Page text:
18 December

News: The Two Most Prestigious Animal Vet Groups In The U.S. Support The Working Horses

by Jon Katz
The AMVA Weighs In
The AMVA Weighs In

Last week, the two most prestigious animal veterinary organizations in America – the American Veterinary Medical Association (AMVA) and the American Association Of Equine Practitioners (AAEP) – entered the debate over the New York Carriage Horses by jointly publishing the most substantial perspective yet on the issue from some of the most qualified of people in the world.

Both organizations report that the horses are healthy, content and well-cared for, and outined specific medical issues facing urban horses. “We didn’t see a single horse undernourished,” said the author of the report. “More than a couple were over-nourished, but all healthy-looking, the attitudes and behavior of the horses were those with what we’d associate with a contented horse. They were interested in their environments, would put their heads out to be stroked, and had their ears forward.”

For people who are confused or on the fence, the AMVA and AAEP report offers a clear and factual choice, it comes from far outside the din, and it is thorough and professional.

There is much rhetoric or noise in the New York Carriage issue, few facts and expertise. You can get some here. You can read excerpts from the AAEP’s Dr. Harry Werner and his initial report on the New York Carriage Horses here, along with additional testimony from other equine veterinarians. The joint report of the AMVA and the AAEP is new and significant, it is broader and more comprehensive, and marks the first time those two organizations have officially joined the debate over the horses in New York. It follows by one week the formal introduction into the New York City Council of Mayor deBlasio’s legislation to ban the carriage trade, which he has deemed “immoral.”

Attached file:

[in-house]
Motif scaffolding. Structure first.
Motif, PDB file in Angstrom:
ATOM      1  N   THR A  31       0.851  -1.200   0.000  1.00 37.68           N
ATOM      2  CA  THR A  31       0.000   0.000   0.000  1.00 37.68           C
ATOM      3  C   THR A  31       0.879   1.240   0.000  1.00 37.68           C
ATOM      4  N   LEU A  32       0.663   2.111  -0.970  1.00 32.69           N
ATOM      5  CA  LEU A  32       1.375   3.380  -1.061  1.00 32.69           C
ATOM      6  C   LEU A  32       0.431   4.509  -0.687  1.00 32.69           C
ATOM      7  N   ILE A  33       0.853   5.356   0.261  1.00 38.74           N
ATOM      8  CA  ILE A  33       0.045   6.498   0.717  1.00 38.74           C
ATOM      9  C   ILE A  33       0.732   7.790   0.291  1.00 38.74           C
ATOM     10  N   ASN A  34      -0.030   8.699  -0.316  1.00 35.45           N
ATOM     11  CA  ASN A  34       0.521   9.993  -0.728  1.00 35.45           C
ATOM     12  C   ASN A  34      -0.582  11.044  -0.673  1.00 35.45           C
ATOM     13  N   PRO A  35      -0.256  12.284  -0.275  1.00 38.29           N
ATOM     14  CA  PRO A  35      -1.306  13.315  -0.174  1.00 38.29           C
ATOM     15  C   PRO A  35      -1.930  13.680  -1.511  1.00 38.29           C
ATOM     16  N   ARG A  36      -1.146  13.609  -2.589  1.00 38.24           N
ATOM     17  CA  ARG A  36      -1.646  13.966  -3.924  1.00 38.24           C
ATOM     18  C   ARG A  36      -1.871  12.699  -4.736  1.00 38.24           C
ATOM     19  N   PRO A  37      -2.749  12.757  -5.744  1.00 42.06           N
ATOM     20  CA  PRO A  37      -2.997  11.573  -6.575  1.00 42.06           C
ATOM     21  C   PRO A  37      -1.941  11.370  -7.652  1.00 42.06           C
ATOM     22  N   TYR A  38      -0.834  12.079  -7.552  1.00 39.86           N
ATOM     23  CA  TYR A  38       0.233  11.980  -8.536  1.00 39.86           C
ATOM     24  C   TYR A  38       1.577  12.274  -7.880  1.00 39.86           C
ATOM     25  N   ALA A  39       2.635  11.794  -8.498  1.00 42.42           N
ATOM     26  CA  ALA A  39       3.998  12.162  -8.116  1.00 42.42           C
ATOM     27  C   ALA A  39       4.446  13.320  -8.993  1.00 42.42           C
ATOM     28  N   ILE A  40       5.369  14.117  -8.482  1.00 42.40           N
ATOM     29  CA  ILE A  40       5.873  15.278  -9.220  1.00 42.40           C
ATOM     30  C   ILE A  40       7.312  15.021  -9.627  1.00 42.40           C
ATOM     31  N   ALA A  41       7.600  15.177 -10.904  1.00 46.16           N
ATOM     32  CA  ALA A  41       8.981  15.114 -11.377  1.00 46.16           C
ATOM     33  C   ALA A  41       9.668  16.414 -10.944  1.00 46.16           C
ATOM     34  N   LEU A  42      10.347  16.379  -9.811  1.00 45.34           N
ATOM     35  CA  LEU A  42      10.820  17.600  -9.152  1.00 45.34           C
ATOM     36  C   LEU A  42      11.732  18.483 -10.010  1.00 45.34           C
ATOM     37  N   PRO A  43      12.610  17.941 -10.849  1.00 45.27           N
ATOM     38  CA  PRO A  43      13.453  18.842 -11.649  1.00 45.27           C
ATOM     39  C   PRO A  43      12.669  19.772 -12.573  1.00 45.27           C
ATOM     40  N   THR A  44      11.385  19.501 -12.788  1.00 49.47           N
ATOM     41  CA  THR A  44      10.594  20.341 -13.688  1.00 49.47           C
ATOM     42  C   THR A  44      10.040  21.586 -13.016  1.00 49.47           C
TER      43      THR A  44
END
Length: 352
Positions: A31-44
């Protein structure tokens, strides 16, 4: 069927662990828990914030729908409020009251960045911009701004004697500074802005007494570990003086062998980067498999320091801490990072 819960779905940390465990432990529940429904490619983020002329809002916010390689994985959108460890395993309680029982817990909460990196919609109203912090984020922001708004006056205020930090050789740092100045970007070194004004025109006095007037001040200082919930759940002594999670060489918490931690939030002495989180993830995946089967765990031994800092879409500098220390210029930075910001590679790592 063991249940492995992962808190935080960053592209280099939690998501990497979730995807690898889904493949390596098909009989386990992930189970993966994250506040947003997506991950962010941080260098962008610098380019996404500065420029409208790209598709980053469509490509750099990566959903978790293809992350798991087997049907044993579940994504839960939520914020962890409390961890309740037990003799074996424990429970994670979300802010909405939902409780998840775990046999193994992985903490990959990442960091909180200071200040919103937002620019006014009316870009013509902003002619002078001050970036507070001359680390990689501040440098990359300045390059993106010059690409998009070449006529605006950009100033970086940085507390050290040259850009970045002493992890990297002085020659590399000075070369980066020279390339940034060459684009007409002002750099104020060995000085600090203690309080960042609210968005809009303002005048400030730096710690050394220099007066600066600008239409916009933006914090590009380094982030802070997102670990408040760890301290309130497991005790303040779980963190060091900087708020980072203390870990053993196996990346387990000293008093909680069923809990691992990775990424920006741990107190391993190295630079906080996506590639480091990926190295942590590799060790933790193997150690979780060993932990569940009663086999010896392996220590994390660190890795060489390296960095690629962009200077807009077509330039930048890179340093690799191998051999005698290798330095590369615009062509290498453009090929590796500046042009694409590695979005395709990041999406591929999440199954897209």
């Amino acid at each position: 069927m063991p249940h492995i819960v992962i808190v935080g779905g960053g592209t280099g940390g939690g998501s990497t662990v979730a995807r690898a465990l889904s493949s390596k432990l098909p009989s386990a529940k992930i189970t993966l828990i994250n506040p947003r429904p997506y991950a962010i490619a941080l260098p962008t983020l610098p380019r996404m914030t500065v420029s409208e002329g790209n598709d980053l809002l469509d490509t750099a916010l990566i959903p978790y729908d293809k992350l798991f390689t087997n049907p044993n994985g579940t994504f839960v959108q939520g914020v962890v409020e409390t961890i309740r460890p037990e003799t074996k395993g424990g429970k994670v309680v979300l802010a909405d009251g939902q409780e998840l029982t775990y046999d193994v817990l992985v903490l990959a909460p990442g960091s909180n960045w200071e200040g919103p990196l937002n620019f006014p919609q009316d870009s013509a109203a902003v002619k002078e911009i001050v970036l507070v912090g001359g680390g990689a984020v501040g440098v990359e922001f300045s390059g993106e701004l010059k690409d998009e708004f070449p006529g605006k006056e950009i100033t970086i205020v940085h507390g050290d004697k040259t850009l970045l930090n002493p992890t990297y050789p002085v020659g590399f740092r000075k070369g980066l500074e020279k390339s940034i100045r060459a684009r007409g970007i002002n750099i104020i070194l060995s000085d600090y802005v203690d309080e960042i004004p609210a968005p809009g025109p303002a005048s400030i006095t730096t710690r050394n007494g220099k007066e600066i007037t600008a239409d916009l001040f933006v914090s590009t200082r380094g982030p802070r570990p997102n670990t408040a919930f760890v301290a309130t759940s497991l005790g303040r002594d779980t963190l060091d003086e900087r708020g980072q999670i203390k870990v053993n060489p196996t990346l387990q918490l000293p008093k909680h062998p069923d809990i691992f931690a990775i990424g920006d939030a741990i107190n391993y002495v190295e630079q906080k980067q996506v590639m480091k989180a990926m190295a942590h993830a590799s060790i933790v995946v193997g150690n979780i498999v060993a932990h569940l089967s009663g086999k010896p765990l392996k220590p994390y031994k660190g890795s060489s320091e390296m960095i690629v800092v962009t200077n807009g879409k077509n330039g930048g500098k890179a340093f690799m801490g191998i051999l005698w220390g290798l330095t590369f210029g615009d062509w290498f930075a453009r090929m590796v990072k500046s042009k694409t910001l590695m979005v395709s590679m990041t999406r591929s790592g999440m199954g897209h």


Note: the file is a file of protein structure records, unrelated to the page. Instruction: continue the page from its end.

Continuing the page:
I am sorry to tell you that there is only one publication in America – the Habit For Horses Sanctuary in Marvel, Texas –  that has reported this major finding in this important controversy. And good for them. The findings of this report , which was first published on December 14 in the JAMVA Journal, have appeared nowhere in New York City that I can find, online or off.

Last summer, when a carriage horse fell over, and then got up unharmed two minutes later, it was major news in New York for days. The mayor held a press conference about it, and NYCLASS, the group spearheading the carriage ban, invented what turned out to be a completely false drama about a spooked horse, a bus, and a phantom tourist from Oklahoma who claimed evil carriage drivers held the horse down for many minutes to save the cost of repairing the carriage. Nothing about it turned out to be  true. There was no bus, no tourist, no panicked horse.

The AMVA and AAEP report is vastly more significant than the horse’s troubles, yet few New Yorkers will ever know about it or get to read it.